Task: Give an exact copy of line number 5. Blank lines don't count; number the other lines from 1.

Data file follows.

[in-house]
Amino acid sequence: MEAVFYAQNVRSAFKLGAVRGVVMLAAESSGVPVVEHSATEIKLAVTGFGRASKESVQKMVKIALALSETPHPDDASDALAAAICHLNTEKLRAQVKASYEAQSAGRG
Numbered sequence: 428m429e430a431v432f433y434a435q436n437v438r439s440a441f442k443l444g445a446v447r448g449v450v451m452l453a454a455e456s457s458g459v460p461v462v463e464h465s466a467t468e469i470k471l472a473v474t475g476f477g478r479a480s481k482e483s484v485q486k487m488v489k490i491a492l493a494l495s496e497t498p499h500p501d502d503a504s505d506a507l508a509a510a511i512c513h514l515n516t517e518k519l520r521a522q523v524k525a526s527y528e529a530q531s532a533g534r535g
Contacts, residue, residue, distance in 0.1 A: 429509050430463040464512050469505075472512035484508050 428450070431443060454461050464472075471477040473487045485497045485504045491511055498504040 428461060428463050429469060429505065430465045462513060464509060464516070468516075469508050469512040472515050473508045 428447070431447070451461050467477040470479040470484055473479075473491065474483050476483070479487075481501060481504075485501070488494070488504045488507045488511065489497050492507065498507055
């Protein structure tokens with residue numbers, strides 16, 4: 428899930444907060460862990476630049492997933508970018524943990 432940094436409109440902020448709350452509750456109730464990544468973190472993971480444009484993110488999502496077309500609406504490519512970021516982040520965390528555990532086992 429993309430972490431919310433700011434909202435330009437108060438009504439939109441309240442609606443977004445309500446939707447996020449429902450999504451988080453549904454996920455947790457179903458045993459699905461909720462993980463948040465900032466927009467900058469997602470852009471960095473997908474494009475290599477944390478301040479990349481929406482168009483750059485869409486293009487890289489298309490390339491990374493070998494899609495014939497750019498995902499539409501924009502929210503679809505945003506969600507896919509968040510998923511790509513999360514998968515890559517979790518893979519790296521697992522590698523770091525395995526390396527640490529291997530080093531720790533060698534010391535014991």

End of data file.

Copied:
């Protein structure tokens with residue numbers, strides 16, 4: 428899930444907060460862990476630049492997933508970018524943990 432940094436409109440902020448709350452509750456109730464990544468973190472993971480444009484993110488999502496077309500609406504490519512970021516982040520965390528555990532086992 429993309430972490431919310433700011434909202435330009437108060438009504439939109441309240442609606443977004445309500446939707447996020449429902450999504451988080453549904454996920455947790457179903458045993459699905461909720462993980463948040465900032466927009467900058469997602470852009471960095473997908474494009475290599477944390478301040479990349481929406482168009483750059485869409486293009487890289489298309490390339491990374493070998494899609495014939497750019498995902499539409501924009502929210503679809505945003506969600507896919509968040510998923511790509513999360514998968515890559517979790518893979519790296521697992522590698523770091525395995526390396527640490529291997530080093531720790533060698534010391535014991």